.Hack//G.U. Last Recode Review

Developer: CyberConnect2

Publisher: Bandai Namco

Release Date: November, 3rd 2017

Platform: PC, PS4

The .Hack series has been around for 15 years, and Bandai Namco is taking us on a trip down memory lane and back into “The World” with .Hack//G.U. Last Recode available for you PC and PS4.

For those that never had the chance to play it back in the days of yore, you’ll assume the role of Haseo, a player within the fictional MMO known as “The World.” Volume 1 starts out as Haseo takes his first steps into the world and meets two other players who lure him deep into a dungeon, teaching him how to play before betraying him. As they’re about to kill Haseo, he’s rescued by a mysterious player known as Ovan and there’s a bit of a time skip. Haseo has since progressed to level 130 and become an infamous PKK (Player Killer Killer) known as “The Terror of Death.” Haseo cuts a swathe through the PKs of “The World” seeking information on Tri-Edge and a cure for his friend Shino who has been in a coma since being killed by the ghostly PK. Its not long before Haseo is given information on Tri-Edge’s location and one thing leads to another. Haseo confronts Tri-Edge and is simply decimated. Tri-Edge re-formats Haseo bringing him down to level 1 and erasing everything he had gained within “The World.”

Haseo is clearly out to win this dance battle.

It’s at this point the game really kicks off. Haseo must gain back his power and, with the help of a few new friends and allies, unlock new abilities he never even knew he had access to.

While .Hack//G.U. doesn’t offer a large, open world, you’ll do battle across a plethora of small, isolated dungeons. Players can string together three words to randomly stumble across new dungeons or browse the forums located on Haseo’s desktop to learn about new locations and words to use. If you’re a fan of the Tales of games, then the battle system will feel incredibly familiar. Enemies will roam around the dungeons in set patterns waiting for Haseo and co. to come along and pick a fight. Battles are fought within a small circle for players to freely maneuver around in, and there are a whole lot of skills and items to help gain the upper hand. That being said, the battle system isn’t exactly deep. Most can be won by button mashing to set up “Rengeki” attacks and blocking at the appropriate moments. Avatar battles are fought a little differently as Haseo enters “The Outer Space” of “The World,” which is a realm beyond the game’s code. Taking on the form of Skeith, you float around shooting and slashing at large bugs and other enemies while dodging their attacks at the until you can deliver a powerful stun in order to Data-Drain them.

Skeith likes to make an entrance

Each volume comes with it’s own level cap with Vol. 1 starting at 50, then 100, and capping at 150. Haseo starts off with only dual blades but eventually earns job extensions that allows players to equip other weapons along with a new look. If you’ve already played the games and simply want to experience the story again, you can now use cheat mode to max your stats and level to run through the game as fast as you can. You cannot carry over a save file with cheat mode enabled however, but if you’re maxed out does that really even matter?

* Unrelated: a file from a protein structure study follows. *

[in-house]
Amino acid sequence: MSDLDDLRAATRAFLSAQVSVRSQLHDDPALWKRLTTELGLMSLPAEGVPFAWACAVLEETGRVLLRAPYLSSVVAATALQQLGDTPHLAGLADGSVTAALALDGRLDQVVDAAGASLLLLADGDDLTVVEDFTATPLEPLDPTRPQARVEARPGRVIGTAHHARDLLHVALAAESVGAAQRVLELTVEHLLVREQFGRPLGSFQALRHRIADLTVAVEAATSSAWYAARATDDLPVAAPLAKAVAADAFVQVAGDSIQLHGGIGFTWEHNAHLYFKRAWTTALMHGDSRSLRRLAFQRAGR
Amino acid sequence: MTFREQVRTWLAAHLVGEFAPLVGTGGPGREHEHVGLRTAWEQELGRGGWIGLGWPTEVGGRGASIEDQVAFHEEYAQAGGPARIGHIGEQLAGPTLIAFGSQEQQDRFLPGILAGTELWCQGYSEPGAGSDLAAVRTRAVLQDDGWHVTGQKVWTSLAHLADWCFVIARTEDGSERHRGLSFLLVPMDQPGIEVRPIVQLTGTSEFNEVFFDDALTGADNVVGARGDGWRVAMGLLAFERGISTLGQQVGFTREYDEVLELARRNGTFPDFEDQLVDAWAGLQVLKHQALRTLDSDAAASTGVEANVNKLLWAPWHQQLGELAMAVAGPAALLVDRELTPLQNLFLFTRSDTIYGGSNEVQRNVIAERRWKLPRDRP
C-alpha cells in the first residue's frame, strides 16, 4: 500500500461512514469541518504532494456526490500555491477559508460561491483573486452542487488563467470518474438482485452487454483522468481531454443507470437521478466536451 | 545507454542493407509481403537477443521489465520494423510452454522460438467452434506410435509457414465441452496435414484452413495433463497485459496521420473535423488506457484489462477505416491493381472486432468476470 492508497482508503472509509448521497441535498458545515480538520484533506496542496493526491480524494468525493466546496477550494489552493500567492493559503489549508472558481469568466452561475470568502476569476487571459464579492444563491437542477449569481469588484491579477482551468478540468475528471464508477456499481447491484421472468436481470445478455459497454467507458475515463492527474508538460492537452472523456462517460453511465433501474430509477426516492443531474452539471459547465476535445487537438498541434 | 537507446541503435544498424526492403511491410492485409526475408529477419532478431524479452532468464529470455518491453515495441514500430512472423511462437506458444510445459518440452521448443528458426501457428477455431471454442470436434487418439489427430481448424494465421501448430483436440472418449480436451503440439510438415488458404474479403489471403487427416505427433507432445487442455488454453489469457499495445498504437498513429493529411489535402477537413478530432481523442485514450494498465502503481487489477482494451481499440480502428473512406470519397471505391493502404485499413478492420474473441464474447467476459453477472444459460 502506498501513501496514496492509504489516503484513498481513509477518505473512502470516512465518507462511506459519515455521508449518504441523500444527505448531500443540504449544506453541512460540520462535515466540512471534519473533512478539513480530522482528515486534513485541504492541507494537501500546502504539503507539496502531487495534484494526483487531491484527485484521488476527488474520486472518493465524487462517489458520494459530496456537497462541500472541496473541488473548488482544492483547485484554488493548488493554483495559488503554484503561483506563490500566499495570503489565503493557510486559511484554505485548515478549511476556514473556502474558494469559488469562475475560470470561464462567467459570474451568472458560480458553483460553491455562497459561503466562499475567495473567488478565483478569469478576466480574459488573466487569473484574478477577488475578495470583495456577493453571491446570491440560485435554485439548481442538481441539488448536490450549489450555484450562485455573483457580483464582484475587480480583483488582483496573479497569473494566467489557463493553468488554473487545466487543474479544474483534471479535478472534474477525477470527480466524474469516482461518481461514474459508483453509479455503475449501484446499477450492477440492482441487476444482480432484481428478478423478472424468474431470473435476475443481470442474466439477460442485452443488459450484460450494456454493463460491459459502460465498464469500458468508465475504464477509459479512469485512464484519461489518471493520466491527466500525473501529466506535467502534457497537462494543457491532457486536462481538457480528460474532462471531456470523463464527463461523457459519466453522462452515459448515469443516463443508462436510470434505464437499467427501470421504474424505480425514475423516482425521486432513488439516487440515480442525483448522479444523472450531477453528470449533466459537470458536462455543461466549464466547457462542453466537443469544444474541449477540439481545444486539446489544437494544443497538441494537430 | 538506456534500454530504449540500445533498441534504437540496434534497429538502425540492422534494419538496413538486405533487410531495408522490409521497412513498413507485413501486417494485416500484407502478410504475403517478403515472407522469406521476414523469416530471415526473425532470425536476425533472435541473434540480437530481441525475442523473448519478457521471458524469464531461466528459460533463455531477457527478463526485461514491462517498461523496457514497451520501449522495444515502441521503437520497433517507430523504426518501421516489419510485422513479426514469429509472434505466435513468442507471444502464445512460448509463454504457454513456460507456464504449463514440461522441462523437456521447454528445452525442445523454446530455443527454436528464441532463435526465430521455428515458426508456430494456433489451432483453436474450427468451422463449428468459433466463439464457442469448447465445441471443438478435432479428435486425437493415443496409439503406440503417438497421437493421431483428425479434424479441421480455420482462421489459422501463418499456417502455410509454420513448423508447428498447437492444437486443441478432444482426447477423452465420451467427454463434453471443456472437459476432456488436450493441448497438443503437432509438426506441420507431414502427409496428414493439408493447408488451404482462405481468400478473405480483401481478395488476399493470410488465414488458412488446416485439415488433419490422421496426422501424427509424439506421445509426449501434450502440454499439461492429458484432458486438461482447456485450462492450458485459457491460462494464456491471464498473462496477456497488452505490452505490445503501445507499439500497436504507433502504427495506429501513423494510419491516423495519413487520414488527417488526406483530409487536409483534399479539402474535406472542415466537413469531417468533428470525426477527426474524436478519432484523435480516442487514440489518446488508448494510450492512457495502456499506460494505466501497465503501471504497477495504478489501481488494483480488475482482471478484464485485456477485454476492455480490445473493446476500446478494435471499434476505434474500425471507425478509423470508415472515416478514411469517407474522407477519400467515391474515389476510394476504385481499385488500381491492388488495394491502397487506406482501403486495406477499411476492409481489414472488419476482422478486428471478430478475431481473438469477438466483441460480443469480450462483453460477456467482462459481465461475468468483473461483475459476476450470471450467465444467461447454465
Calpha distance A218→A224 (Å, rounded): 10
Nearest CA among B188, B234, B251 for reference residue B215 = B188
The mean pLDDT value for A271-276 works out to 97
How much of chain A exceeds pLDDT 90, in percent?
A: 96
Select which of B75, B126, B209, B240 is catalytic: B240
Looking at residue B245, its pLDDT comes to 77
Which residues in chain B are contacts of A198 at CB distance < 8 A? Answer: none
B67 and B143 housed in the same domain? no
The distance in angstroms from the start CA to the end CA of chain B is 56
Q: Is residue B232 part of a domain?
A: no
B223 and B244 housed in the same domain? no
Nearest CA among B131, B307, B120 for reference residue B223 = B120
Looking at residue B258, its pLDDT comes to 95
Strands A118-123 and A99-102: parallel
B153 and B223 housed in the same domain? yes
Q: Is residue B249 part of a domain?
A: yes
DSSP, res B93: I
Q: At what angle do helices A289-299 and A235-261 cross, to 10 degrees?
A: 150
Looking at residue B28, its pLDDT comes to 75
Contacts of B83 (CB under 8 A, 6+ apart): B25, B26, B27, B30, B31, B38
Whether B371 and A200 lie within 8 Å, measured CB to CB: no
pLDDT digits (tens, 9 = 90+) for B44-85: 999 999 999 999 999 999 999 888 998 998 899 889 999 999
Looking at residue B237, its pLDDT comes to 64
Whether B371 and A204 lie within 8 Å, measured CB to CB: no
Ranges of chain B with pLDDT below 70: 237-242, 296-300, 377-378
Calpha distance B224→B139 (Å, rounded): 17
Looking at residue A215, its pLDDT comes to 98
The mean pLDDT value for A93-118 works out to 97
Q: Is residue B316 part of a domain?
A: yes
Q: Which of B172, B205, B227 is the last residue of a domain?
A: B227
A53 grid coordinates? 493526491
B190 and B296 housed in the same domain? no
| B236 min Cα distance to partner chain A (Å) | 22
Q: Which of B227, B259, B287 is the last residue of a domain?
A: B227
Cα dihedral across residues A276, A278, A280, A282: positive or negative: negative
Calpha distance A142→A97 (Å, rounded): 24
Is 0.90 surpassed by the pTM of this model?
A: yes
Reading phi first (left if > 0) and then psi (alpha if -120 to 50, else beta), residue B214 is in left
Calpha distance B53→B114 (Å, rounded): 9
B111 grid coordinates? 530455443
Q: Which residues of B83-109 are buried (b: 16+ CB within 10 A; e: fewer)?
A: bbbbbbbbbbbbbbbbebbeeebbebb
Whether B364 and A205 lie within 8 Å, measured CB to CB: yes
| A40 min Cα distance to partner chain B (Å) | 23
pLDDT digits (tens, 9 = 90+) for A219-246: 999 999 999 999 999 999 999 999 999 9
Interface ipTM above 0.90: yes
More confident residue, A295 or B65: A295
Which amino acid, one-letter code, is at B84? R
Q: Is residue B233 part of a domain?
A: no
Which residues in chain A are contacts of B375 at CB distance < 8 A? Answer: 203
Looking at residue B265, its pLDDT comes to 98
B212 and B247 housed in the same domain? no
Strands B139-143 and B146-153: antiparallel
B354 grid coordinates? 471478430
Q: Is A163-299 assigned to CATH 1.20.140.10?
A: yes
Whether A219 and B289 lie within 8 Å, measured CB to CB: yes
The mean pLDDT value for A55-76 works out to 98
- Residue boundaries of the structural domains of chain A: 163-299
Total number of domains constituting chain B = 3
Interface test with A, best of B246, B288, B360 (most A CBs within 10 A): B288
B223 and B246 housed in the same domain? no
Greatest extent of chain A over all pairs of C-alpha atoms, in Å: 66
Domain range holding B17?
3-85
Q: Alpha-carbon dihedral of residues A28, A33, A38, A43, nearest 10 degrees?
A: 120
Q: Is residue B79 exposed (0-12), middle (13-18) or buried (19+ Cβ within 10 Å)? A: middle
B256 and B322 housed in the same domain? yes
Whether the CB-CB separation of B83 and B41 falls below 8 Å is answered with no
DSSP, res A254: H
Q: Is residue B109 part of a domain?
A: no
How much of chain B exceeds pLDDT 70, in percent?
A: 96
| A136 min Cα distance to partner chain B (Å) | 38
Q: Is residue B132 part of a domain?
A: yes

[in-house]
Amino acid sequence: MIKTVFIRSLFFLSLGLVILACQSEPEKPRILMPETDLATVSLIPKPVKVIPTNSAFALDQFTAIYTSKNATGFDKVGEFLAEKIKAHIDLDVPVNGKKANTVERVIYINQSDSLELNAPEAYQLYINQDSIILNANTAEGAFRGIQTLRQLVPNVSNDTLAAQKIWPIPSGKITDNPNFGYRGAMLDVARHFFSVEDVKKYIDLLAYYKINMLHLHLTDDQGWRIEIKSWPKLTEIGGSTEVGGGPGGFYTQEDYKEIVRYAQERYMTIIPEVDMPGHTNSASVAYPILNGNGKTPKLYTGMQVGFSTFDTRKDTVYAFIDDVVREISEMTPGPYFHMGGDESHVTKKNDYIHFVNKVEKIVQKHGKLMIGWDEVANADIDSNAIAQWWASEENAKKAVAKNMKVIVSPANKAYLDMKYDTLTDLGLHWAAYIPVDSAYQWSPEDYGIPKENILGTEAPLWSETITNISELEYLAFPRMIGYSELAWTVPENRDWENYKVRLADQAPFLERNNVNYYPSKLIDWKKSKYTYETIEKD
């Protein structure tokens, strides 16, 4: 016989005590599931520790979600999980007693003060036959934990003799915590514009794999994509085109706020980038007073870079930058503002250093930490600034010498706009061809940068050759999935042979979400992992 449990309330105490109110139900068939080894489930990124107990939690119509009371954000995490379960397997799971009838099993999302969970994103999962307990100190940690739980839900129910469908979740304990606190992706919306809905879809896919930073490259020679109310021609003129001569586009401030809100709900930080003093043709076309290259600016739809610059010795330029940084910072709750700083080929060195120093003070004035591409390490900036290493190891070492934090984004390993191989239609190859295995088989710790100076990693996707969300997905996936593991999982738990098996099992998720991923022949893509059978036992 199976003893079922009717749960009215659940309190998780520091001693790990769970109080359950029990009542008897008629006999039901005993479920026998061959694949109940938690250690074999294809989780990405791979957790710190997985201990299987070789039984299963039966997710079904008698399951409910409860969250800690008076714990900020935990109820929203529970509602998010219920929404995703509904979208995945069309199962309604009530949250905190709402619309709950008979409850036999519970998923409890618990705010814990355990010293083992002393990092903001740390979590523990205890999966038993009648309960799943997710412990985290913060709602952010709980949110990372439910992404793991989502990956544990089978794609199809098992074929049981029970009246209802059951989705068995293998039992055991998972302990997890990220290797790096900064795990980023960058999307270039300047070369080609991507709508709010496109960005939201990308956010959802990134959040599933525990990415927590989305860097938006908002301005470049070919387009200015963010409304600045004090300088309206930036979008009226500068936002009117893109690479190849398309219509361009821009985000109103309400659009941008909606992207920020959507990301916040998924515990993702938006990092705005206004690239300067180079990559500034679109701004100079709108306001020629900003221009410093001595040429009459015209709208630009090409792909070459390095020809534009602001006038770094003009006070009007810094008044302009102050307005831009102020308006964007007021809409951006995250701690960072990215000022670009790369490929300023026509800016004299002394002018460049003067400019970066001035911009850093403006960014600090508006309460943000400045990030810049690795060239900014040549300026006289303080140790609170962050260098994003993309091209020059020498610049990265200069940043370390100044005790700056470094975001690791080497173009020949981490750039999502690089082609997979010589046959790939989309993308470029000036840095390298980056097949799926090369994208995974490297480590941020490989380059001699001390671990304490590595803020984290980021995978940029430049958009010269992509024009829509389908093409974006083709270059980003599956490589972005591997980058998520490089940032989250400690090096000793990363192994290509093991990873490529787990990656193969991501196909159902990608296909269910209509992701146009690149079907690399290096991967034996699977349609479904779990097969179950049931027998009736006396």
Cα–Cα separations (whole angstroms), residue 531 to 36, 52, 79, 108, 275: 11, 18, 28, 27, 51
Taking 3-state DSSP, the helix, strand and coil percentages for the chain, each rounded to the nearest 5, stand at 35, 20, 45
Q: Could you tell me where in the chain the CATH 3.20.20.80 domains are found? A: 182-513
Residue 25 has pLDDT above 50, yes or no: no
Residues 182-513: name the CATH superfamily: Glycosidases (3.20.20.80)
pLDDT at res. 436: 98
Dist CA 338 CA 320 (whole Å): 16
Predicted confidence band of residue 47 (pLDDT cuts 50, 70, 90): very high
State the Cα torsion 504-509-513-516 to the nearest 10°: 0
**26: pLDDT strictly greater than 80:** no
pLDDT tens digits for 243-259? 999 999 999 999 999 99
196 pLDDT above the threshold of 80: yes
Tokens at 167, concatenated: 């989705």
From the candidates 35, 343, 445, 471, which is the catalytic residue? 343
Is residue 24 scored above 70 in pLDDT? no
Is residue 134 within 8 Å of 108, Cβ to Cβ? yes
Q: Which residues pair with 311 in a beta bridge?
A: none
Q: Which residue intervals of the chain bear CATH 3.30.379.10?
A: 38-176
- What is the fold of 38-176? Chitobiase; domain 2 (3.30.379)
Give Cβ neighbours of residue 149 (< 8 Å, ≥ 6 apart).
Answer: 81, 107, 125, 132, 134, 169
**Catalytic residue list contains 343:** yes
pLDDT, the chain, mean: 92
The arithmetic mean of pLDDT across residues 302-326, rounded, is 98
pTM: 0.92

The developers did increase the amount of experience you gain, so even without cheat mode, leveling is much easier than it was before. The game’s constant requirement of leaving “The World” to read emails and forums gets old fast though and only serves as a break in-between the games events. Sometimes the game will ask that you log out, read an email which sets up a cutscene, and then asks you to log out again after you watched the cutscene to read more emails. Its aggravating to say the least.

Way back when it debuted on the PS2, I remember thinking how cool “The World” was. In today’s day and age however, it doesn’t quite translate very well. Back when consoles had more limitations, you were put into a world that did it’s best to emulate a small MMO experience within its settings. NPC’s meandered about towns that you could talk and trade with, there was an active forum section to browse through for information, and the dungeons tried to seem lively with monsters to fight. That worked on the PS2. Those things aren’t nearly as interesting now though when played on hardware that’s light years ahead of the original console.

Haseo gets quite a few wardrobe changes.

Thanks to a new coat of paint, the anime styled cutscenes look great and the environments look cleaner, but we still have character models that have blocks for limbs and mouths that don’t move during in-game cutscenes. Again, it’s a JRPG, so expect all the corny voice acting that comes along with the territory. Haseo is surrounded by a host of serious characters, but you’ve got a lot of whiny and quite frankly obnoxiously voiced allies to go along with him. Atoli and Gaspard are some of the first people you meet and they’re not always easy on the ears. Characters also like to repeat objectives, so expect to hear the same line of dialogue parroted back and forth with a good 30 seconds of it being mentioned last.

I have some other minor issues as well, like not being able to disable subtitles and the fact the avatar button command menu is displayed before every fight, but the gameplay overall is fun and the stories are great. It’s worth noting that Volume 4 is a new edition to the series taking place a year after the events of Volume 3. If you do plan on picking up this remaster, I suggest trying to find .Hack//Roots, which is based on Haseo’s time with the Twilight Brigade if you want a little more background on the characters or “The World.” It’s also a plus that you get four games for the price of $49.99, which is a pretty great deal for fans of JRPGs.